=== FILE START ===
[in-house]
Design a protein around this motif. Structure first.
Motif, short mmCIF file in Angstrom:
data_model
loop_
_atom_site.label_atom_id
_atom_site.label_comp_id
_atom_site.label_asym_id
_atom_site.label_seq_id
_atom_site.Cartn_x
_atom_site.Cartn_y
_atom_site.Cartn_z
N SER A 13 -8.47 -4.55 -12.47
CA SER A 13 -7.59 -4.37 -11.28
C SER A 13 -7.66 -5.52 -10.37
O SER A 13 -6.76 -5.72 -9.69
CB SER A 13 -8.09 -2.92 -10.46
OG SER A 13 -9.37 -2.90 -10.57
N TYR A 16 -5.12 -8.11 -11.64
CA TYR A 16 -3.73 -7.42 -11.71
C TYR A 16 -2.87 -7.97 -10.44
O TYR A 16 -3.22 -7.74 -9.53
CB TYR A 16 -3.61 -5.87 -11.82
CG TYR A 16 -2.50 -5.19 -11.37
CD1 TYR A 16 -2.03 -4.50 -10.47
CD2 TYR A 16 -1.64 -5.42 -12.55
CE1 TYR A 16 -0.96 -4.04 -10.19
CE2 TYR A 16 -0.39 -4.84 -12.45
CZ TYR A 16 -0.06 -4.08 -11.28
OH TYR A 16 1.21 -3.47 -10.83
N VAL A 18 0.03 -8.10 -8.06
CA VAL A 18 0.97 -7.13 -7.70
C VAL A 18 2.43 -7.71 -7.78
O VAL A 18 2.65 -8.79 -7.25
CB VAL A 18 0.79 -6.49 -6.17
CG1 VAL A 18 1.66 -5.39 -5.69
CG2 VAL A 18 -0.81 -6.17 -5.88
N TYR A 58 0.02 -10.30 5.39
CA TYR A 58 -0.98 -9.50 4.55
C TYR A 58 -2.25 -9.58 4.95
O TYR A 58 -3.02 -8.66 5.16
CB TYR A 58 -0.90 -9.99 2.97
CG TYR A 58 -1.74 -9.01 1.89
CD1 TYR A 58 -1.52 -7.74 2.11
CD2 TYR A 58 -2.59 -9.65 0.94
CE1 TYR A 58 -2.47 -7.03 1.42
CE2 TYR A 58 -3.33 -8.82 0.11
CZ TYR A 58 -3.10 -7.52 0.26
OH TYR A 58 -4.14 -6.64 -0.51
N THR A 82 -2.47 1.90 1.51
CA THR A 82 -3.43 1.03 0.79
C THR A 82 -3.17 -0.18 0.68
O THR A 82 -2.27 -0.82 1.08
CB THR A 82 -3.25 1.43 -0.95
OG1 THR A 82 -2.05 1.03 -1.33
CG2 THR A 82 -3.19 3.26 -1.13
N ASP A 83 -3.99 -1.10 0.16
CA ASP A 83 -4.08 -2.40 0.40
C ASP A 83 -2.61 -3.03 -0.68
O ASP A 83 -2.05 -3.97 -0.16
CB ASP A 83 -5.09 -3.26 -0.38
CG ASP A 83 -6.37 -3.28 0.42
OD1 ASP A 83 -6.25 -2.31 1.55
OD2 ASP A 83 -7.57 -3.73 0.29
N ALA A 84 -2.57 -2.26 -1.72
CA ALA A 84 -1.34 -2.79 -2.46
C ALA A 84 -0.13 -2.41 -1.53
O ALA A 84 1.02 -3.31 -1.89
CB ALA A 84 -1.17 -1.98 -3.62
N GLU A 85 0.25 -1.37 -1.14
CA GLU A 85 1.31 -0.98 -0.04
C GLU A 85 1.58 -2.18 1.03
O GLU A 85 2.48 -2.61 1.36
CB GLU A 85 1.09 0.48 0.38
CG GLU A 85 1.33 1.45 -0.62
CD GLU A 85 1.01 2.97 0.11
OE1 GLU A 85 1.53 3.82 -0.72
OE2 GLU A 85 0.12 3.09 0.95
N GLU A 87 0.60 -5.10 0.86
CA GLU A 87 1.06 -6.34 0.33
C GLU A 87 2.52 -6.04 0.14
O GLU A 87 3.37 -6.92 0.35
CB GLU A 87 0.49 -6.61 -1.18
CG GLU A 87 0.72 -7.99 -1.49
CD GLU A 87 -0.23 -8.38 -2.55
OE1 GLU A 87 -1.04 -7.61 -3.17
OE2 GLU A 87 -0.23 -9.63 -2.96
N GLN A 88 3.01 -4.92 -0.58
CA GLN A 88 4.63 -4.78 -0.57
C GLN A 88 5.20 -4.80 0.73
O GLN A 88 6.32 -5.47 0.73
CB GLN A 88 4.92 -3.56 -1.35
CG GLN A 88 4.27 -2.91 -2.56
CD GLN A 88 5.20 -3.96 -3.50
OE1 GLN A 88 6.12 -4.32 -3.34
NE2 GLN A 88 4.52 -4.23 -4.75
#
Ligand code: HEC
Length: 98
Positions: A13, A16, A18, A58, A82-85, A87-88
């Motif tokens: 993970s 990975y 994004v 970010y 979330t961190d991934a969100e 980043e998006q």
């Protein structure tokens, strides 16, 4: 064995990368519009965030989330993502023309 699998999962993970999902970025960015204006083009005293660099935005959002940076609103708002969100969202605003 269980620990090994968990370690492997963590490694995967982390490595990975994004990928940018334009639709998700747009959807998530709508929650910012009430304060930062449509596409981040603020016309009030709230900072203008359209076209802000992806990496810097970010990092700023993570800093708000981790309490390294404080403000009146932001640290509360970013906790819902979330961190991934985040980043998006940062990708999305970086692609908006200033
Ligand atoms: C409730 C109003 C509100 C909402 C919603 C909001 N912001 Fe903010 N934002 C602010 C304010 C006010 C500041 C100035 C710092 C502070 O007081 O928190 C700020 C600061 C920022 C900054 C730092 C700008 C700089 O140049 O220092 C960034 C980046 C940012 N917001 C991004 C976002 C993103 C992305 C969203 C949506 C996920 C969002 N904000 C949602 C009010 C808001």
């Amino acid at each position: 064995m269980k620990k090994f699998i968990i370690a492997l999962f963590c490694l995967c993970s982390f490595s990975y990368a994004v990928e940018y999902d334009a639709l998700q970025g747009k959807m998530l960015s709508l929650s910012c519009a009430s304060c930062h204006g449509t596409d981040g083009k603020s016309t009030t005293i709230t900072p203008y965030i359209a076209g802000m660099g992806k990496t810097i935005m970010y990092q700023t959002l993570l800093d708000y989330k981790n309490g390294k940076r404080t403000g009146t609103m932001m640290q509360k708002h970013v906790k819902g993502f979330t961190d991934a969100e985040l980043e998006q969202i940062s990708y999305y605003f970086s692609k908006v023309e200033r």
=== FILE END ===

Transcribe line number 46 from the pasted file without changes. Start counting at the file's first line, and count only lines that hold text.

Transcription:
CE1 TYR A 58 -2.47 -7.03 1.42